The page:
All-Star Game a True Classic, But No More Home Field
The 79th All-Star game showcased precisely why baseball's version of the game is vastly superior to that of any other sport. You had:
- Mariano Rivera's hero's entrance and the strike-out/throw-out double play
- Ryan Dempster striking out the side to force extra innings
- Rivera escaping first and third with one out in the 10th
- Aaron Cook escaping bases-loaded, none out in the bottom of the 10th
- Aaron Cook escaping first and second with one out in the bottom of the 11th
- Aaron Cook escaping a runner on third one out in the bottom of the 12th
- Russell Martin guarding home plate like a bulldog
- Ryan Ludwick laying out to rob Ian Kinsler of a hit
- The trials and tribulations of Dan Uggla
And that was just from the ninth inning on.
The game also exposed the flaw with Bud Selig's "winner gets home field in the World Series" stipulation. It was brought in following the tie game debacle in 2002, under the assumption that with something at stake, the players would be more motivated to perform, the managers would be more motivated to win, and the all-star game would never again be sullied with a tie (moreover, the commissioner would never again be booed out of the building by an unhappy crowd).
And then, last night, during one of the most hotly-contested games in all-star history, it very nearly happened again.
The problem was never the motivation of the players. Because baseball is a series of one-on-one confrontations, you very seldom have anyone dogging it. Imagine going to work and having your performance appraisal plastered on video boards all over the place, while being watched by 50 000 people. Would anyone ever phone it in?
That's why it was so easy to sympathize with poor Dan Uggla, as he struck out and bad-hopped his way to the worst performance in all-star history.
The easy way to avoid any threat of a tie in the future is a more judicious selection and usage of the respective pitching staffs. Terry Francona burned through five of the six starting pitchers on his staff after just six innings. Roy Halladay threw all of nine pitches. Joe Saunders threw 12. Francona then used all six of his short relievers before calling on Scott Kazmir.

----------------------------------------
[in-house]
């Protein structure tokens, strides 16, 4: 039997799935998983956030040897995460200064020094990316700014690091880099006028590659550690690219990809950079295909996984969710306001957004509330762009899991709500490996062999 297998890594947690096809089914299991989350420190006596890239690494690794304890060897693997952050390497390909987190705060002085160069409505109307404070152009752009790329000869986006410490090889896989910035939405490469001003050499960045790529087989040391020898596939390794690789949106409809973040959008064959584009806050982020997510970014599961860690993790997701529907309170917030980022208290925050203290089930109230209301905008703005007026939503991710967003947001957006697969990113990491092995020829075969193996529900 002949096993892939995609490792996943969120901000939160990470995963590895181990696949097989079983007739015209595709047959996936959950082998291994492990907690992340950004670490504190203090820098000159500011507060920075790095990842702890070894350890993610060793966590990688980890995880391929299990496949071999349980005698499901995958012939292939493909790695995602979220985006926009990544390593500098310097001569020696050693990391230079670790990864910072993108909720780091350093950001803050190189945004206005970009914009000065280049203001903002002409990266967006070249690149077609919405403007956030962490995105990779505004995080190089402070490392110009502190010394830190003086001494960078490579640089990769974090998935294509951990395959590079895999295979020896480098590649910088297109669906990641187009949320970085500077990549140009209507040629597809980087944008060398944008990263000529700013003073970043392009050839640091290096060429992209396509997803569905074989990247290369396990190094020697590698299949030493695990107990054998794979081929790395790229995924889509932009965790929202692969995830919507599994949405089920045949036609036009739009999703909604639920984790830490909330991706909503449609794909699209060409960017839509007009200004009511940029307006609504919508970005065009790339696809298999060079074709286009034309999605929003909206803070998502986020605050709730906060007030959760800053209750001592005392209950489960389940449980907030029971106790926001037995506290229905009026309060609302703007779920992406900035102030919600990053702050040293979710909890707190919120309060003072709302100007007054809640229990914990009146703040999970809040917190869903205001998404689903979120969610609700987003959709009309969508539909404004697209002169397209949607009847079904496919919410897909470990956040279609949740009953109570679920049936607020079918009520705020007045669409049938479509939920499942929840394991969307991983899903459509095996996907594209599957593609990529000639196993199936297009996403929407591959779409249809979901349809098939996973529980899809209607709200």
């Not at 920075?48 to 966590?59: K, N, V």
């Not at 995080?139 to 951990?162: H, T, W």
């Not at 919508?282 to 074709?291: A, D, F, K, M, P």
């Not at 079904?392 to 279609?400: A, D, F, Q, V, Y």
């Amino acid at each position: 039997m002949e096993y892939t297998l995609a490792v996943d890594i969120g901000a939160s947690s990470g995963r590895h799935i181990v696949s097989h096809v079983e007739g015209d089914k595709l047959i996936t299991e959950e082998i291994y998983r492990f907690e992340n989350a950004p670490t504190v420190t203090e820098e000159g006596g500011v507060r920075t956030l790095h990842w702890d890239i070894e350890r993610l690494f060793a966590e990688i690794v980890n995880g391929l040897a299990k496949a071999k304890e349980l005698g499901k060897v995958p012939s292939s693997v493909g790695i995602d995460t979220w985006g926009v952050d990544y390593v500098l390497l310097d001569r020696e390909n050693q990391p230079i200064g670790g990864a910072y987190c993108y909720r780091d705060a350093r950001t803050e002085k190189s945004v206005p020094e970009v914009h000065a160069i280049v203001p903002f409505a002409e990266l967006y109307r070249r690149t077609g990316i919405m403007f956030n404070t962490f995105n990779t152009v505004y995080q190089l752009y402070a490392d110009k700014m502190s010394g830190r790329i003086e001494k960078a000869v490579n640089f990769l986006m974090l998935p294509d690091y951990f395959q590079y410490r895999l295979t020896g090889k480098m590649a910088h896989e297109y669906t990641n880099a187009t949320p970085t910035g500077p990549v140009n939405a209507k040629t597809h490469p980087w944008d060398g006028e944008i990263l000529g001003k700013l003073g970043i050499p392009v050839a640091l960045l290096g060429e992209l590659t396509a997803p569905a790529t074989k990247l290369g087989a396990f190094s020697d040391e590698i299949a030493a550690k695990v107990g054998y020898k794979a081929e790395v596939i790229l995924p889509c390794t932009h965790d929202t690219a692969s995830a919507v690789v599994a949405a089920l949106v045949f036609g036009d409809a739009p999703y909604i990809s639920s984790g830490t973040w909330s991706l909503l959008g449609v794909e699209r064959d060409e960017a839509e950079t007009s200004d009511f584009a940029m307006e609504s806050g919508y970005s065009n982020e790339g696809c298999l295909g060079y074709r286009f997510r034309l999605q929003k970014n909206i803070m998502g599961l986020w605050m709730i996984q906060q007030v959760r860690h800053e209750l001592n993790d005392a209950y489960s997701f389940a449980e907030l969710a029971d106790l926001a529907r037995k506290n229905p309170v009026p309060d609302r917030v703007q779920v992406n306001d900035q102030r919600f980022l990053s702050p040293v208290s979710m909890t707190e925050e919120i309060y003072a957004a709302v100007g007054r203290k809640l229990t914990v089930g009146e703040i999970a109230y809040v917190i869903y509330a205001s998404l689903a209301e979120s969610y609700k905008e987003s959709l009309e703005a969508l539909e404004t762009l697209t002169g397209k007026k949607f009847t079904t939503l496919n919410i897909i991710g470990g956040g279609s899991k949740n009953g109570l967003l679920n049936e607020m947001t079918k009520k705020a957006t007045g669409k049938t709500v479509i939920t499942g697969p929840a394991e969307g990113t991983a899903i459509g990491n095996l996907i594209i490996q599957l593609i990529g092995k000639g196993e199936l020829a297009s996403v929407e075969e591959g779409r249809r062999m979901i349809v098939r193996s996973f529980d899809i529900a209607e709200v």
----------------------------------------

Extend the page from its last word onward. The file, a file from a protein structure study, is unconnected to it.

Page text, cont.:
First off, SIX short relievers? K-Rod and his 38 saves? Fine. Mariano Rivera and his 1.06 ERA? Sure. But George Sherrill and his 4.08 ERA? Brian Wilson's 4.58 ERA and 1.53 WHIP? The short relief role lends itself to lots of saves and few innings, so it's easier to pile up gaudy numbers than it is for starters.
I know we need an Oriole, but Jeremy Guthrie has been a more valuable pitcher than Sherrill, with a 3.49 ERA in 129 innings. Then again, a 5-7 record doesn't get you to the mid-summer classic. How about Daisuke Matsuzaka, 10-1, 2.65 over Jonathan Papelbon?
Managers should limit themselves to the top 3-4 relievers in the league. Closers are generally elite pitchers, but are half of them truly all-star worthy?
More starting pitchers would help to alleviate the problem, as would using them properly. Why not let every starting pitcher pitch two innings? You would never again see a tie in an all-star game. Sure, not all the pitchers would get into the game, but so be it.
Perversely, I found myself rooting for a tie just to see what Selig's backup plan would be to determine home field advantage in the World Series. Perhaps he wouldn't have allowed a tie. There are rumblings that J.D. Drew and David Wright would have been called upon to pitch had the game continued. One can't imagine Red Sox or Mets management being too happy about that prospect.
Home field in the World Series should belong to the team with the best record, period. Instead of trying to artificially inflate the importance of a game that's already widely watched, why not heighten the importance of regular season games for teams that have wrapped up a playoff spot? Based on last night's performance, the All-Star game doesn't need any added gimmicks.